In this entry we try to find when a classification problem is imbalanced.

## Data

We use an artificially generated dataset which we used the entry #07-1 and we change the proportion of positive samples. (We temporary call the proportion the **positive rate** in this entry.)

## The positive rate and the performance metrics

The problem of an imbalanced classification (or a skewed target variable) is that a trained model predicts that almost all samples are negative. This phenomenon can be regarded as a definition of an imbalanced classification. (So the skewness depends on both a dataset and a trained model.)

So we train models on datasets with different positive rates and compute performance metrics: `y.rate`

(proportion of positively predicted samples), `recall`

(or TP rate), `precision`

and `f1.score`

(F1-score).

Because of the pattern a logistic regression model (or elastic net model) is not able to make a good prediction, therefore we use only random forest, XGBoost and SVM.

- Fix p (=0.05, 0.10, 0.15, ..., 0.45)
- generate a training set and a test set
- train models: random forest, XGBoost and SVM
- compute the performance metrics
- do 2â€“4 ten times
- go to 1
- compute the average of the metrics

The line graph of the metrics is following:

The gray dotted line is a diagonal line, so if `y.rate`

is quite under the dotted line, then the model picks a relatively small number of samples as a positive samples. In other words, the classification problem is imbalanced.

For the random forest model and the XGBoost model we may say that the target variable is skewed if the positive rate is smaller than 0.3 (for the dataset). But the performance metrics for the SVM model are very bad even though the positive rate is 0.4.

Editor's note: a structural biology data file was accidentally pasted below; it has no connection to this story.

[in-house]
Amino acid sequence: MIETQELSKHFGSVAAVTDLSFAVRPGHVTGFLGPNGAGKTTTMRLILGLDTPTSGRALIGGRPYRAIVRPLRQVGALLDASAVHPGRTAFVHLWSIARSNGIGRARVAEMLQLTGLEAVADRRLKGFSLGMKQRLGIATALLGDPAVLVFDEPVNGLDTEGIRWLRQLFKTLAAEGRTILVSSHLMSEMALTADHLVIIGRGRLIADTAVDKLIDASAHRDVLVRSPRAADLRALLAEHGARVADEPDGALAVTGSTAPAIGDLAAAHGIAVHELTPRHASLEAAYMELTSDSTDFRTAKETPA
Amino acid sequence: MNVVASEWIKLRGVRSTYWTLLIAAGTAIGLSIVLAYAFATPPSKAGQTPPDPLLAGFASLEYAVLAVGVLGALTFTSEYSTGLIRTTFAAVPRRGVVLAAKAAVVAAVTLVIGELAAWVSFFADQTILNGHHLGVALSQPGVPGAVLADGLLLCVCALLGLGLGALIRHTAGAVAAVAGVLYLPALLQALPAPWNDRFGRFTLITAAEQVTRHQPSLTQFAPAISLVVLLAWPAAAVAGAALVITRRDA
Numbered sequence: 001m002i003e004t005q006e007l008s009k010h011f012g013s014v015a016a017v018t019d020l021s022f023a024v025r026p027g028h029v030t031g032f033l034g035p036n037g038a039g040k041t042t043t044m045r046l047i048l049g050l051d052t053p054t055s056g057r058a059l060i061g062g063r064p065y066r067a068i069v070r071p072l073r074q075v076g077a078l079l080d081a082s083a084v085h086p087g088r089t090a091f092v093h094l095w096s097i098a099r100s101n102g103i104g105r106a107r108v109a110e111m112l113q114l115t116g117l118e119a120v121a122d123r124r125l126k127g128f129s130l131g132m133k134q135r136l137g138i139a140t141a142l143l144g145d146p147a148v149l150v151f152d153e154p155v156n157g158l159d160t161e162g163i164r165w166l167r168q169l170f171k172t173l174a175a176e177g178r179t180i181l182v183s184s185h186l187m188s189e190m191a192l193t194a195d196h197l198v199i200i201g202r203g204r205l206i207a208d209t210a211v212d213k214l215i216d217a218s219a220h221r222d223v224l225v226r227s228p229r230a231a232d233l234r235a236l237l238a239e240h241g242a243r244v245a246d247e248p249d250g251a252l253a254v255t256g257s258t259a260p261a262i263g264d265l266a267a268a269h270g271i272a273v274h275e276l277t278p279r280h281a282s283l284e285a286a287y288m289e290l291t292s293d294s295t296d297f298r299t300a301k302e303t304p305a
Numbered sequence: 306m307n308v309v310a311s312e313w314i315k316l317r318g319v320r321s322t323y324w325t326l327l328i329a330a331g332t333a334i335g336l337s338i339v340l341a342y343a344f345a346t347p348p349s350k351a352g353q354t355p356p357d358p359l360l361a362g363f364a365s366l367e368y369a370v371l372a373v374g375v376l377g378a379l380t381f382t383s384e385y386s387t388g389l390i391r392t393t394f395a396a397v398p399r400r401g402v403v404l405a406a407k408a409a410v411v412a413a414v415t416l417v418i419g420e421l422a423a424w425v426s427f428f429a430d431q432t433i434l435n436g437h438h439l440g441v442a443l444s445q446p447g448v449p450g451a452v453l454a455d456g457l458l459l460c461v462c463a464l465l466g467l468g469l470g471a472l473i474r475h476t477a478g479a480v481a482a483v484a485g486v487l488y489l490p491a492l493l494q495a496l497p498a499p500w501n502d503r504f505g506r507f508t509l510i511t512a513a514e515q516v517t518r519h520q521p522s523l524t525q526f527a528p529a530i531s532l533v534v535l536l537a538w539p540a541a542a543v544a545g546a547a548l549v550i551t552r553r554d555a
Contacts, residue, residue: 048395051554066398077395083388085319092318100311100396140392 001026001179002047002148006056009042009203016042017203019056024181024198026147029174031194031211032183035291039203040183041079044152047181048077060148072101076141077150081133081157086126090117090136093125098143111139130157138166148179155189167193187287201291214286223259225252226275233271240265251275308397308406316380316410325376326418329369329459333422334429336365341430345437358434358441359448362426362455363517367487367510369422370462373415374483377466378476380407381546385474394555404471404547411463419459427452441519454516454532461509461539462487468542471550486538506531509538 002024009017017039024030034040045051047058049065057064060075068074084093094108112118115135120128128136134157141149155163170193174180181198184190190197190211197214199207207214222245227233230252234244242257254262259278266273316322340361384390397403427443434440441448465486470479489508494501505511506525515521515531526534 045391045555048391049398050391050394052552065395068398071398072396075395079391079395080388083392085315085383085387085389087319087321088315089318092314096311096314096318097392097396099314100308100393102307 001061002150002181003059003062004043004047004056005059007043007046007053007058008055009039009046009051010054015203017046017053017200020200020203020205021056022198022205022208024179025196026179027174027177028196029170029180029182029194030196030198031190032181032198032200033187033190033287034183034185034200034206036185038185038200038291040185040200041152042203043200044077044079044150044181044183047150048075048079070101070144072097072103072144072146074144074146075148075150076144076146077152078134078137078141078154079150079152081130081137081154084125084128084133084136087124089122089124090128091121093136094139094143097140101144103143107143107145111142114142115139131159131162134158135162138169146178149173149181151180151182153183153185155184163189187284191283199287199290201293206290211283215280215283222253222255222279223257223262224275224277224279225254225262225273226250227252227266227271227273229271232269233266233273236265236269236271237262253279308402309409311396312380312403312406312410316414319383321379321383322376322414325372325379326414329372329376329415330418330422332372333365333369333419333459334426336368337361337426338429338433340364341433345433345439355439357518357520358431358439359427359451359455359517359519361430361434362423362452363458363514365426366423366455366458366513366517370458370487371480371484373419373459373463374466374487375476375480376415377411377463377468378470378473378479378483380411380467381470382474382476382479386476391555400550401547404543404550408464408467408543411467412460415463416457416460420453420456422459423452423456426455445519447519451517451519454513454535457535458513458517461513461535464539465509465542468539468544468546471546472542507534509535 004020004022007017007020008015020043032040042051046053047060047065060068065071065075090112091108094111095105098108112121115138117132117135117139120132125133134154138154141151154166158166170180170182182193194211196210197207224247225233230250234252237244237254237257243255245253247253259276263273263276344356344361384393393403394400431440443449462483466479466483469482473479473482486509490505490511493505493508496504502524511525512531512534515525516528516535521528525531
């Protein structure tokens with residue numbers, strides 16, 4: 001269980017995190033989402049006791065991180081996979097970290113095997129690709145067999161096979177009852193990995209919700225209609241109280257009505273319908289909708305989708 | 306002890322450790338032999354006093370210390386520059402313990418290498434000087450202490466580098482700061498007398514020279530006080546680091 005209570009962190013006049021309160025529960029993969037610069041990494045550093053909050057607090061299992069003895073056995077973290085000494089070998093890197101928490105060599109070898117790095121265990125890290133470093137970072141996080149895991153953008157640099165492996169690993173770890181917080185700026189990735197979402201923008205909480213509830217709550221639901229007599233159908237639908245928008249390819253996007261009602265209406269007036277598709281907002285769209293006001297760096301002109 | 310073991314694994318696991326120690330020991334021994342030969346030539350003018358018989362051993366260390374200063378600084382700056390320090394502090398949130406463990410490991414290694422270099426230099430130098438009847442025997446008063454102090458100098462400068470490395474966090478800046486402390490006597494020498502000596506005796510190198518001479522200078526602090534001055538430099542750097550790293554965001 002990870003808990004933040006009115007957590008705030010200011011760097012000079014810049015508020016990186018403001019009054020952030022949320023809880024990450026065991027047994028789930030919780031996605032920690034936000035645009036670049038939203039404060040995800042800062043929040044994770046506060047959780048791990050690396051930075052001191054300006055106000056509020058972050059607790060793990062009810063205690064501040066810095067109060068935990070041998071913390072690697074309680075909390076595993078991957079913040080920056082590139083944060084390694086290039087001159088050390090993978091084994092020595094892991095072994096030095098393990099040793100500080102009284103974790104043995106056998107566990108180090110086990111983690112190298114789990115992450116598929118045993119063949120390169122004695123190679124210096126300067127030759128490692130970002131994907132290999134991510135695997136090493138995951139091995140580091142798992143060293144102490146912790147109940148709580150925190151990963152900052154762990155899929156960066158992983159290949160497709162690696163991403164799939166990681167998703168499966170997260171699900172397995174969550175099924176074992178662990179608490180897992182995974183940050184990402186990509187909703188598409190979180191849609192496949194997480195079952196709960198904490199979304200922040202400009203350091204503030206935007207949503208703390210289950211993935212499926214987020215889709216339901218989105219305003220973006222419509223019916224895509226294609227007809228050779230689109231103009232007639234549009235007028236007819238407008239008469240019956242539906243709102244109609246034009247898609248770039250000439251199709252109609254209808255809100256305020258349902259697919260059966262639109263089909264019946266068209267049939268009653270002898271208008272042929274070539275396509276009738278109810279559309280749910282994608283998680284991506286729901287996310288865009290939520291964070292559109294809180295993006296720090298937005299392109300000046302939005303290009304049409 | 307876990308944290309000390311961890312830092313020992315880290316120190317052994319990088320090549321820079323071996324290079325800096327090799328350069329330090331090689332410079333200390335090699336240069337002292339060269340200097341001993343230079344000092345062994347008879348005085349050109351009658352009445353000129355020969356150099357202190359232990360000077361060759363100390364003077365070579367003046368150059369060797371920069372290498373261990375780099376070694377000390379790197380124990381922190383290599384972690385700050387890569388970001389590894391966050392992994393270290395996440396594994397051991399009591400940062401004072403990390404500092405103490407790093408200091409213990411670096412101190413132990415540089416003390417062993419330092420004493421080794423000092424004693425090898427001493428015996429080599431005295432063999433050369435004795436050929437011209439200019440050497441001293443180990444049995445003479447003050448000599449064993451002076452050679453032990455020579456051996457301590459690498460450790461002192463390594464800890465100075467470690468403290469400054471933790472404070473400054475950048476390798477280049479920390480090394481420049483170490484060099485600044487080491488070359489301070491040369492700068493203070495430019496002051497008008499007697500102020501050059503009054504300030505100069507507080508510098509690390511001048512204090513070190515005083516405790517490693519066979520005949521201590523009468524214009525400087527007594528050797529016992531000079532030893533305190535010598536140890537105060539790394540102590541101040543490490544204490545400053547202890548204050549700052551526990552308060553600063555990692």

## Effect of regularization on the performance metrics

Why is the performance of a SVM model on an imbalanced classification so bad?

By algorithms the SVM tends to avoid overfitting while the random forest and the XGBoost focus on the high accuracy (on the training set), Thus we may guess that SVM works if the effect of regularization of SVM is small. This means that the `cost`

parameter of SVM is large.

So we compute the average of performance metrics in a similar way to above and we also train random forest classifiers for comparison.

In the label `svm_C=100`

means `cost=100`

. As our guess, a large cost improves the performance metrics. In particular the precision becomes clearly better. But the `y.rate`

is still smaller than the positive rate even though p=0.3.

On the other hand the number of trees in a random forest classifier does not seem important for the performance metrics. (So we may choose a small number of trees to save time.)

## Summary

- The skewness depends on a dataset and a model.
- For random forest the positive rate should be larger than 0.3 (for the dataset we used above).
- SVM requires a high positive rate (p=0.4, 0.45, 0.5).